Frequently Asked Questions
Top 10 Peer Review Q&As for NIH Applicants
- What are the biggest problems reviewers find in applications?
Here is a list of the most frequent problems reviewers in CSR cite when they critique grant applications:
- Lack of new or original ideas
- Absence of an acceptable scientific rationale
- Lack of experience in the essential methodology
- Questionable reasoning in experimental approach
- Uncritical approach
- Diffuse, superficial, or unfocused research plan
- Lack of sufficient experimental detail
- Lack of knowledge of published relevant work
- Unrealistically large amount of work proposed
- Uncertainty concerning future directions
For more insight, check out the reviewer tips for applicants in the CSR Insider Guide to NIH Peer Review at http://www.csr.nih.gov/applicantresources/insider
- I addressed the concerns from the prior critiques and my score got worse. Why?
Each time your application is submitted, it competes within a new set of applications, it may be reviewed by new reviewers, or one or more of the original reviewers may see new concerns. So there is no guarantee your score will improve. The best course of action is to discuss your review concerns with your Program Officer before you resubmit and then be as responsive as possible to them. Including additional data, if available, could be helpful. In any event, if issues with significance and overall impact remain, addressing methodological concerns will not very likely improve the score.
- I don’t like the review group you put my application into. What can I do?
Contact the Chief of the integrated review group for the assigned study section. He or she will be able to explain to you why the assigned study section is the best fit for your application. CSR listens to PIs and considers their preferences in making application assignments. When you submit your application, you may (but need not) use the Assignment Request form to suggest up to three study sections. Helpful resources for finding a CSR study section are the study section guidelines, and the Assignment Request Tool. You can find both on our home page: https://public.csr.nih.gov.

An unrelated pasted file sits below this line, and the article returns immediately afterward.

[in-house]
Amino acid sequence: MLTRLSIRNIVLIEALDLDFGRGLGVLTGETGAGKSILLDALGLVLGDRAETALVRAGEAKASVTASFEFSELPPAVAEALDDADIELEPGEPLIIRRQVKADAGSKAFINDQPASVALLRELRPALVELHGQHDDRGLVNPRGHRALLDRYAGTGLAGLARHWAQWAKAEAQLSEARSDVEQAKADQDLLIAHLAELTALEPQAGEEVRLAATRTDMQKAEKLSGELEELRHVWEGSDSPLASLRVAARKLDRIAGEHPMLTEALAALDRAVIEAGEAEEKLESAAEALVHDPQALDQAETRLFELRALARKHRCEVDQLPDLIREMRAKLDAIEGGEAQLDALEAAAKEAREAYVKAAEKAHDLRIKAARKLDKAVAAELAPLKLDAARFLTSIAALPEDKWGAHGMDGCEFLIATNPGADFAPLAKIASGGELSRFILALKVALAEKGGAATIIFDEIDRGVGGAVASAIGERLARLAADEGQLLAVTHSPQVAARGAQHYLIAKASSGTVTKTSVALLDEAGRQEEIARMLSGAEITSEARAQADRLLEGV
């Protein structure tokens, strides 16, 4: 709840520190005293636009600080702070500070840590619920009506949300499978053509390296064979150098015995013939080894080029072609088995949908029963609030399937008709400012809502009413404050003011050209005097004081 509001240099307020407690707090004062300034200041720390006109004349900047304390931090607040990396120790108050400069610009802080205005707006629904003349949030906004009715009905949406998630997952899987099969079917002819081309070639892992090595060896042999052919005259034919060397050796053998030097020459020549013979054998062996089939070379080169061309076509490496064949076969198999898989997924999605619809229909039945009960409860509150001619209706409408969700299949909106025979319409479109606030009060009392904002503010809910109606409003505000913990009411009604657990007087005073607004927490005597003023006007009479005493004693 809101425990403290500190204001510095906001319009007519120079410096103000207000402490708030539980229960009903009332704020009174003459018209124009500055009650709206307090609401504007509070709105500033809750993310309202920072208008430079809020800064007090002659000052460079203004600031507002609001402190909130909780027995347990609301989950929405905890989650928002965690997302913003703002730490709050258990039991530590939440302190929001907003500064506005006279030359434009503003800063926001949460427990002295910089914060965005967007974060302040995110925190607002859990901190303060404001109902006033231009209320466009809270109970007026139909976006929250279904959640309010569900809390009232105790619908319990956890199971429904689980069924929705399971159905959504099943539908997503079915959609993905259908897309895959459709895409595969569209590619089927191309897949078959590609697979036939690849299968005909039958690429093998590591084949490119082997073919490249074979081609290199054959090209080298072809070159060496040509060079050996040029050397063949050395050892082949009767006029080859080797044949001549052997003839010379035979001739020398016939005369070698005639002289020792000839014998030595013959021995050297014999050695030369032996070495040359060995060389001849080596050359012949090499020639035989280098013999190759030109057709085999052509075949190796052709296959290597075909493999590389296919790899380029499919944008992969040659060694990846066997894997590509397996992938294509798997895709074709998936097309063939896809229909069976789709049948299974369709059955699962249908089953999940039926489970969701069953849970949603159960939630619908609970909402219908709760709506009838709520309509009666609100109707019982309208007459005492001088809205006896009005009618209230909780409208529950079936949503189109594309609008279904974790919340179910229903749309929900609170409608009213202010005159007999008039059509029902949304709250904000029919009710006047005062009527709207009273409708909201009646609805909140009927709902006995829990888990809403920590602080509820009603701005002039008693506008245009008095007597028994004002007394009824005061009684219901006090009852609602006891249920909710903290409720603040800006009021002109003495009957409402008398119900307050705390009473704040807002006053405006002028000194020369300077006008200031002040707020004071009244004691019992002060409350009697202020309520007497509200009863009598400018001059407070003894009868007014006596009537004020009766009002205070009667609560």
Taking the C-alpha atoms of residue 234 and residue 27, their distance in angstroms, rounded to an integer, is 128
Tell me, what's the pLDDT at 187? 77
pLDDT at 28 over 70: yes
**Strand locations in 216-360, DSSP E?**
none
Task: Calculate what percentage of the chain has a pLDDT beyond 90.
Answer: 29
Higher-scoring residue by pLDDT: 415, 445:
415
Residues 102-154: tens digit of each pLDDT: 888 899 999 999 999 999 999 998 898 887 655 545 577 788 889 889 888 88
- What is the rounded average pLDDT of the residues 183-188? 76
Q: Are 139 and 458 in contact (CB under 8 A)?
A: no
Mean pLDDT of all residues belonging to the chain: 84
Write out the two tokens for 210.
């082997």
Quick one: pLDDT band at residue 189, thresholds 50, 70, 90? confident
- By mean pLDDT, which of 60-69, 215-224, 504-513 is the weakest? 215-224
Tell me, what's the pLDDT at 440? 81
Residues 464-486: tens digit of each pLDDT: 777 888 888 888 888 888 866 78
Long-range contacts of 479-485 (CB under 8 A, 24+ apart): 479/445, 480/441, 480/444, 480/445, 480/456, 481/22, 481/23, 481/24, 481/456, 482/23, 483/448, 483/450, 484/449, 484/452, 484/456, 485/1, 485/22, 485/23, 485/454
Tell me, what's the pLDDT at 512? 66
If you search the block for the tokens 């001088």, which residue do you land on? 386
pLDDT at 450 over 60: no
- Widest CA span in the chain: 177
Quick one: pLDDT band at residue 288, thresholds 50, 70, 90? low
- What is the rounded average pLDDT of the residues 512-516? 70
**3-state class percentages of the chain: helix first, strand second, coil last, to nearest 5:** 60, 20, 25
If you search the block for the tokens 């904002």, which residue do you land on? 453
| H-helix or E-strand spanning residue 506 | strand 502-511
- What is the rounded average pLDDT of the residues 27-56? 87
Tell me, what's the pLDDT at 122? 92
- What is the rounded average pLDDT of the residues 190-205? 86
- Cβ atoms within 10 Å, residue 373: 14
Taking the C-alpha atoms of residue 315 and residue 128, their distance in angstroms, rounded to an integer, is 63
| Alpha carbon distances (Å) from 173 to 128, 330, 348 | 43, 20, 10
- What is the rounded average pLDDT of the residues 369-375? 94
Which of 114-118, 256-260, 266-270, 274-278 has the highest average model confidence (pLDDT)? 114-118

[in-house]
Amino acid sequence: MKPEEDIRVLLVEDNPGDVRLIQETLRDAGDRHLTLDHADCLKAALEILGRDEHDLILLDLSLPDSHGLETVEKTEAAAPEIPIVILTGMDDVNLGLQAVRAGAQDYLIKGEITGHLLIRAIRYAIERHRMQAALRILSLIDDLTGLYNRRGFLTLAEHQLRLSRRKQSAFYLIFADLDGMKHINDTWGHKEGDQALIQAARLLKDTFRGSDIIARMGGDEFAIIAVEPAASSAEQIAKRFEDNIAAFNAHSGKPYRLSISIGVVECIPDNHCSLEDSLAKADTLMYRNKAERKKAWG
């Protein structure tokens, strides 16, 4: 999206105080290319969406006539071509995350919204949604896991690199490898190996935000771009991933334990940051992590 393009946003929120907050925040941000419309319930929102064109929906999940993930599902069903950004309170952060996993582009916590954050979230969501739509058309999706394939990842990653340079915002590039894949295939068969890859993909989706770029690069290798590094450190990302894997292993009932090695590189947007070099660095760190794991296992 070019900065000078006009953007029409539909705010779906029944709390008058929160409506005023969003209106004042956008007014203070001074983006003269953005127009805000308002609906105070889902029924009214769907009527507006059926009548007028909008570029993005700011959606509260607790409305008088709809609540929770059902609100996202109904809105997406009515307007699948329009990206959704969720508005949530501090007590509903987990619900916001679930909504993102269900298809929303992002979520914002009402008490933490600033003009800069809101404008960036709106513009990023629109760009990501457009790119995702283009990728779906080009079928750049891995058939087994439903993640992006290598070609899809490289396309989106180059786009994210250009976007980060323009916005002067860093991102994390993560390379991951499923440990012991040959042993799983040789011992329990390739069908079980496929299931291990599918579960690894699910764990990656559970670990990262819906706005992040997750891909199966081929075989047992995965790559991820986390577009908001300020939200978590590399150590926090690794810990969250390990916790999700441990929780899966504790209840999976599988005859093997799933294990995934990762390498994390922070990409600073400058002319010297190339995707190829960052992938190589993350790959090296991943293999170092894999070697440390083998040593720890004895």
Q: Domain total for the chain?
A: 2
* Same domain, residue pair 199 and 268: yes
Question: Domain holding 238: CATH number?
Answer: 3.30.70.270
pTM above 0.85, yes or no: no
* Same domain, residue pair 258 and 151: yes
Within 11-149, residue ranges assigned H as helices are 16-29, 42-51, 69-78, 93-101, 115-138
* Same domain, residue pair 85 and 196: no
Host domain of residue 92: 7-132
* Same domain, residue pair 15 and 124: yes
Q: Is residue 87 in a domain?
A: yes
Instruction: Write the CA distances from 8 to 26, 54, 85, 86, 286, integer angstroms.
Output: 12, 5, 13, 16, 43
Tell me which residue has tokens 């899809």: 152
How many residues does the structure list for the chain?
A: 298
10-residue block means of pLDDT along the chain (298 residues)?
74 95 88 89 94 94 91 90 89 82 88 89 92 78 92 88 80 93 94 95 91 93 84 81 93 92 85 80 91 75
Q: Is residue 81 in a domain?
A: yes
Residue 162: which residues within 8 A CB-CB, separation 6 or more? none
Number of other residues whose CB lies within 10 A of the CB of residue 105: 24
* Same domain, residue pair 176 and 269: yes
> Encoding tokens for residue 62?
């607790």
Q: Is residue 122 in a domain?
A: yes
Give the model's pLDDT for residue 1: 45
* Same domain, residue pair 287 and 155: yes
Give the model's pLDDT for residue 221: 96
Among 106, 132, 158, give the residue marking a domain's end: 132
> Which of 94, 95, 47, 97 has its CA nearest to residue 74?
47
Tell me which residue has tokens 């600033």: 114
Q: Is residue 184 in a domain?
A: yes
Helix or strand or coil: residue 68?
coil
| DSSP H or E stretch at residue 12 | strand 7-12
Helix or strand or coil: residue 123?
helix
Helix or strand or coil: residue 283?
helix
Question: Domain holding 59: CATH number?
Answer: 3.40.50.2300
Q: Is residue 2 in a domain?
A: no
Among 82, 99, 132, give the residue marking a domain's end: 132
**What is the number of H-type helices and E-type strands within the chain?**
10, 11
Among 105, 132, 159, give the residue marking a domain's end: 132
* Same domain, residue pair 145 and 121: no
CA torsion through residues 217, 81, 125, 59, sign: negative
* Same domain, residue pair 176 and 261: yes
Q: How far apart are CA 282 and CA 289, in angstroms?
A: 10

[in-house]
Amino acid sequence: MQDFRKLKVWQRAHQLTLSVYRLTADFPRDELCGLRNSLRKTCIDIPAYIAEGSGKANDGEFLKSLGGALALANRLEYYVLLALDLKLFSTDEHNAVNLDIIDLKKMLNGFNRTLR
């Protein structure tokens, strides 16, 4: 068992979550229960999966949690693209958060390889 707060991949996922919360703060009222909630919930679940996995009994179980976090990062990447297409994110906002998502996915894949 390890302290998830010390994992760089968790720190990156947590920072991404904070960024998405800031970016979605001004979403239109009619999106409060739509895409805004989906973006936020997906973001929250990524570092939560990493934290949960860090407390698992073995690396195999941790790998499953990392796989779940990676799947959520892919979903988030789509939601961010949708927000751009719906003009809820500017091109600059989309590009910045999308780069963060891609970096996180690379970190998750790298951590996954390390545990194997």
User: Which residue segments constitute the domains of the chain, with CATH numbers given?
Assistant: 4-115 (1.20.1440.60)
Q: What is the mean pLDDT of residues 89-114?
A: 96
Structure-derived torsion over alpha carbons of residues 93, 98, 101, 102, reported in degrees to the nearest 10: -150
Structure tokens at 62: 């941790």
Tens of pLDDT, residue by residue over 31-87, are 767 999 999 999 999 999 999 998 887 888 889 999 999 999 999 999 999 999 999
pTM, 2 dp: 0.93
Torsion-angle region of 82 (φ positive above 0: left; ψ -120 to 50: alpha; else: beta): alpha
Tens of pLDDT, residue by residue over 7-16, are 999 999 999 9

You also can use the Assignment Request form in your application to tell us the types of expertise needed to appropriately review your grant application. You should not request specific individuals. In addition, you can use this form to identify individuals who may be in conflict with your application. NIH will evaluate the situation according to our conflict of interest standards. See the NIH conflict-of-interest page: https://grants.nih.gov/grants/policy/coi. Please note that being competitors is NOT a compelling reason.
If you suggest one or more study sections and we can find a good fit among them, we will assign the application there. If our referral professionals judge the fit to be poor, they work to find an appropriate alternative. Our paramount concern is having appropriate expertise on the panel where the application is reviewed. If you don’t understand, ask. In the great majority of cases, PI concerns about application assignments are resolved through communication.
- How do you guard against a single reviewer having undue influence at the review?
Before a CSR review meeting, the Scientific Review Officer or SRO looks for instances where one reviewer’s scores or critiques are out of sync with the others. The SRO will notify the chair and assigned reviewers when this happens. If the differences are not resolved before the meeting, the chair will make sure the study section discusses them to see if they are well founded or not. Also, if a review discussion is one-sided, chairs are trained to ask questions and encourage other reviewers to join the discussion.
It is important to note that reviewers take their jobs seriously, and they routinely question each other when they feel a review is not balanced. In addition, all the reviewers in the room weigh what is said at the meeting and independently score the application. Finally, the SRO monitors the review meeting to ensure it is fair and unbiased. If it appears a reviewer is not meeting this standard, the SRO can pause the meeting to talk to the reviewer, conduct a re-review of the application at a later time, or take other appropriate actions.
- When will I receive word on my application?
Notification that CSR has assigned your application to a scientific review group and Institute should appear in your eRA Commons account within 2 weeks of the submission deadline. If this notification does not appear in this timeframe, please contact CSR’s Division of Receipt and Referral at CSRDRR@mail.nih.gov or 301-435-0715